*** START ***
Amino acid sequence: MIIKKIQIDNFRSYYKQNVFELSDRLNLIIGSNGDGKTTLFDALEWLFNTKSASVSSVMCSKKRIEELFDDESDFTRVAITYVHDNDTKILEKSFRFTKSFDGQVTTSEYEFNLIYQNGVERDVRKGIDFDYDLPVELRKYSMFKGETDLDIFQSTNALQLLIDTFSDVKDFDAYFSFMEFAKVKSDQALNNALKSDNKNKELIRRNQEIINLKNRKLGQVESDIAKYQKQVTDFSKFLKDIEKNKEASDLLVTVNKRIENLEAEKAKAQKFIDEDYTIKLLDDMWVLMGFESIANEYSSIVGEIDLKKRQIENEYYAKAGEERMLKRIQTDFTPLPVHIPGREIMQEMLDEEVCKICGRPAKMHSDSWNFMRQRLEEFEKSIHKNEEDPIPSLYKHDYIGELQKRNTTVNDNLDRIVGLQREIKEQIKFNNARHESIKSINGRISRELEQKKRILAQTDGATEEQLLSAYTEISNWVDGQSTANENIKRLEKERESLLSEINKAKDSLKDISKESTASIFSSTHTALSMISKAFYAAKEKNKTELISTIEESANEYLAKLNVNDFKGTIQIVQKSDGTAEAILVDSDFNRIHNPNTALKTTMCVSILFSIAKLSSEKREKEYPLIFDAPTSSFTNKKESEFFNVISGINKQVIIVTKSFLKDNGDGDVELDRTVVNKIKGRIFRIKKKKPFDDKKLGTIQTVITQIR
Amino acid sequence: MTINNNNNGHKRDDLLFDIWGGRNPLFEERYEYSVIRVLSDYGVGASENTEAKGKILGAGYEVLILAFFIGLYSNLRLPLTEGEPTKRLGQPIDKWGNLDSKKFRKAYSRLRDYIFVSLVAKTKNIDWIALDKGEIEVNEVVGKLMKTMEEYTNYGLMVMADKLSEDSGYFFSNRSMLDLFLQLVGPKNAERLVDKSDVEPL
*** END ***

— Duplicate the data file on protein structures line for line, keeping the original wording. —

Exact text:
Amino acid sequence: MIIKKIQIDNFRSYYKQNVFELSDRLNLIIGSNGDGKTTLFDALEWLFNTKSASVSSVMCSKKRIEELFDDESDFTRVAITYVHDNDTKILEKSFRFTKSFDGQVTTSEYEFNLIYQNGVERDVRKGIDFDYDLPVELRKYSMFKGETDLDIFQSTNALQLLIDTFSDVKDFDAYFSFMEFAKVKSDQALNNALKSDNKNKELIRRNQEIINLKNRKLGQVESDIAKYQKQVTDFSKFLKDIEKNKEASDLLVTVNKRIENLEAEKAKAQKFIDEDYTIKLLDDMWVLMGFESIANEYSSIVGEIDLKKRQIENEYYAKAGEERMLKRIQTDFTPLPVHIPGREIMQEMLDEEVCKICGRPAKMHSDSWNFMRQRLEEFEKSIHKNEEDPIPSLYKHDYIGELQKRNTTVNDNLDRIVGLQREIKEQIKFNNARHESIKSINGRISRELEQKKRILAQTDGATEEQLLSAYTEISNWVDGQSTANENIKRLEKERESLLSEINKAKDSLKDISKESTASIFSSTHTALSMISKAFYAAKEKNKTELISTIEESANEYLAKLNVNDFKGTIQIVQKSDGTAEAILVDSDFNRIHNPNTALKTTMCVSILFSIAKLSSEKREKEYPLIFDAPTSSFTNKKESEFFNVISGINKQVIIVTKSFLKDNGDGDVELDRTVVNKIKGRIFRIKKKKPFDDKKLGTIQTVITQIR
Amino acid sequence: MTINNNNNGHKRDDLLFDIWGGRNPLFEERYEYSVIRVLSDYGVGASENTEAKGKILGAGYEVLILAFFIGLYSNLRLPLTEGEPTKRLGQPIDKWGNLDSKKFRKAYSRLRDYIFVSLVAKTKNIDWIALDKGEIEVNEVVGKLMKTMEEYTNYGLMVMADKLSEDSGYFFSNRSMLDLFLQLVGPKNAERLVDKSDVEPL